I recently came across some software that lets you cloak your identity on the Internet. It got me thinking about the whole issue of anonymity on the Net. Suppose a political activist in a country with limited civil rights sends an E-mail to an American human-rights group describing dreadful working conditions in a U.S.-owned factory. The plant's owners have to make changes--but not before local authorities, who monitor Internet traffic, throw the activist in jail. There, anonymity would have helped illuminate a problem.
Now, suppose a child pornographer delivers his wares by E-mail. Authorities intercept the transmissions, but because the pornographer has successfully hidden his identity on the Net, they are unable to identify or find him. In that case, anonymity has protected a felon.
HIDING PLACE. Whether you find these scenarios troubling will probably determine how you react to new software designed to allow people to send and receive E-mail, post messages to discussion groups, and participate in online chats in perfect anonymity. If, like me, you find both scenarios troubling, how well this software works becomes almost an afterthought.
It has always been possible to hide your online identity. But doing something more convincing than pretending to be a dog in a chat room required an intimate knowledge of Internet protocols and the use of such obscure tools as anonymous remailers.
A forthcoming program called, simply, Freedom, from Montreal-based startup Zero-Knowledge Systems, offers the same anonymity to anyone. (A test version of the program should be available for download from www.zks.net in the next week or two.) When working with Freedom, you use regular E-mail programs, but, when activated, the Zero-Knowledge software replaces all identifying information in your transmissions with pseudonyms. Your E-mail then automatically goes first to Zero-Knowledge's servers, where the traffic is further disguised.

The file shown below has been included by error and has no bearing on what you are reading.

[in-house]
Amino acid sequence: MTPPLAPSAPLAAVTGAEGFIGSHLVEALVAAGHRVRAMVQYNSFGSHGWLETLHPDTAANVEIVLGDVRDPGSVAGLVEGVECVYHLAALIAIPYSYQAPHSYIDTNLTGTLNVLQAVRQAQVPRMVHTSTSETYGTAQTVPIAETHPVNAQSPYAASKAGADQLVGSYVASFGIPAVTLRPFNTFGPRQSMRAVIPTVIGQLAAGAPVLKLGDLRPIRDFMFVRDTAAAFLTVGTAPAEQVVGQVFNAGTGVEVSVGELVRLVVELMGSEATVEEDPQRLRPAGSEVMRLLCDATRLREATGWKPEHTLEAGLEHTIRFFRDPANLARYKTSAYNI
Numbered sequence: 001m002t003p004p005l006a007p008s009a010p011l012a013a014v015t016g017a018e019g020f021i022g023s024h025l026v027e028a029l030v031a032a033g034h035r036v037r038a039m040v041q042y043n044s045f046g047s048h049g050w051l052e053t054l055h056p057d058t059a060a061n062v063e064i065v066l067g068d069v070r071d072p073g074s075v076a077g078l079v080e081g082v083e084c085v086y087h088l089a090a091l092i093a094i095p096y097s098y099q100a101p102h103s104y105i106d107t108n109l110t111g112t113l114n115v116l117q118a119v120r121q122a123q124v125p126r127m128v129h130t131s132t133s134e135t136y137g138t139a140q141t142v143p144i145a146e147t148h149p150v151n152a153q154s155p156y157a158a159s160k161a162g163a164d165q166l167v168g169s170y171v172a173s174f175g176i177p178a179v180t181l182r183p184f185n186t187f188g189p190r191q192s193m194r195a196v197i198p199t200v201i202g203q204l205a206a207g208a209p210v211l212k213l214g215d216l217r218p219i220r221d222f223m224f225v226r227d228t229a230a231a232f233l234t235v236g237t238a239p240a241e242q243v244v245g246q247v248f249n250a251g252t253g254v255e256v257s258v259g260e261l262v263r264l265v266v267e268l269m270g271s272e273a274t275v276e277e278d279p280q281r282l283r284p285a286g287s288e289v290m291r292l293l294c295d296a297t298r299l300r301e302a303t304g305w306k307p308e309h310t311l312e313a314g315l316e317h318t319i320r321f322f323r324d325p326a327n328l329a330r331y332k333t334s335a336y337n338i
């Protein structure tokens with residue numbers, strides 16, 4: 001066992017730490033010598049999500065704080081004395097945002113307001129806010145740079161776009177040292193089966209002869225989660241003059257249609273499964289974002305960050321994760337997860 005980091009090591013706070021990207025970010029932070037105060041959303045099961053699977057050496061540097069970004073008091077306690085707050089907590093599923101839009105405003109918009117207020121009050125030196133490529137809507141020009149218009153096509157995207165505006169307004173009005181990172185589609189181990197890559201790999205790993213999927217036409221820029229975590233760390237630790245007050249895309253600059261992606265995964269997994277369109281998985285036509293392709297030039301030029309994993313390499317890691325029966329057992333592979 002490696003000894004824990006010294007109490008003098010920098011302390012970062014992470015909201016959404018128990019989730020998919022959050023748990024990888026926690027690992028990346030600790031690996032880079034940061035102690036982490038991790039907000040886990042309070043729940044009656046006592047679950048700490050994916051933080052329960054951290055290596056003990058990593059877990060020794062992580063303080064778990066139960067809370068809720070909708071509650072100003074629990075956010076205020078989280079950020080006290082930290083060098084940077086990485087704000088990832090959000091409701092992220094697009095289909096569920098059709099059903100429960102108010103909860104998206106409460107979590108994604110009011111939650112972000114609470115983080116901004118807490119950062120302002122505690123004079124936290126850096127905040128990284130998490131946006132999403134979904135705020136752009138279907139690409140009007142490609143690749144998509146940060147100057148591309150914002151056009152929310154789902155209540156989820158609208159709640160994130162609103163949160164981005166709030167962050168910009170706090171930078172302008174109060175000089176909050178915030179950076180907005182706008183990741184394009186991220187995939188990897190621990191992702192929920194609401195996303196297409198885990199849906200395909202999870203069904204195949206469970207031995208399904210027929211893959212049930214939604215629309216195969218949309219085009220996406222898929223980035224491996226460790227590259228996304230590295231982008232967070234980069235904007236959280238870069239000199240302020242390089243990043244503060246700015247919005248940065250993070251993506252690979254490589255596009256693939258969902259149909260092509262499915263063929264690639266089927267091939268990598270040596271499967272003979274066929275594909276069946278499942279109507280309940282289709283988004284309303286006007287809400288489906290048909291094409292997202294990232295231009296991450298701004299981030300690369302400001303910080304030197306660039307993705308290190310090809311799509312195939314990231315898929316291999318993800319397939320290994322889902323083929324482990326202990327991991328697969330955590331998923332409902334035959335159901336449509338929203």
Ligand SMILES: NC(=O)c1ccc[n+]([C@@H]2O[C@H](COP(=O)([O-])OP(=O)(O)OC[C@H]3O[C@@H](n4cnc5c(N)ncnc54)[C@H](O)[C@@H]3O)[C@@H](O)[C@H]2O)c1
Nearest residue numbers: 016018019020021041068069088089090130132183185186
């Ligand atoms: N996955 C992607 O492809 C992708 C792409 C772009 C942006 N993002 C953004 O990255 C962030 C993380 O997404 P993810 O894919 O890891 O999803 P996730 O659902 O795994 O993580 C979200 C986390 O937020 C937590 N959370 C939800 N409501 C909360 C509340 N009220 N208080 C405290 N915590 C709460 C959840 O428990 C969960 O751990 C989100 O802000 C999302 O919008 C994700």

You have then hid your identity from everyone--from the idly curious to law-enforcement officials with subpoenas. Any digital tracks left with Zero-Knowledge are also instantly destroyed. "Even we don't know who people are," says Zero-Knowledge President Austin Hill.
The software will sell for $50, which includes five pseudonyms and the use of Zero-Knowledge's systems for a year. After that, maintaining each pseudonym costs $10 per year. The system relies on cryptographic technology that cannot normally be exported from the U.S. Since it is governed by more liberal Canadian regulations, Zero-Knowledge plans to export around the world.
Who needs the sort of anonymity that Zero-Knowledge offers? The company points out correctly that E-mail sent on the Internet is about as private as a postcard. Postings to Internet discussion groups are saved indefinitely in searchable archives, and a youthfully indiscreet message could come back to haunt someone years later. Internet chat, a mother lode of youthful indiscretion, is also being logged and archived.
Still, I wonder if this response isn't a bit extreme. I believe fervently in the right to free speech. I'm pleased that the Internet means that freedom of the press no longer is restricted, as A.J. Liebling once said, to the person who owns one. But I've also seen enough damage done by anonymous rumor and innuendo to recognize the danger that lurks in freedom without responsibility. I'm glad that a product such as Freedom will be available. But in the end, I hope that not many people will feel a need to use it.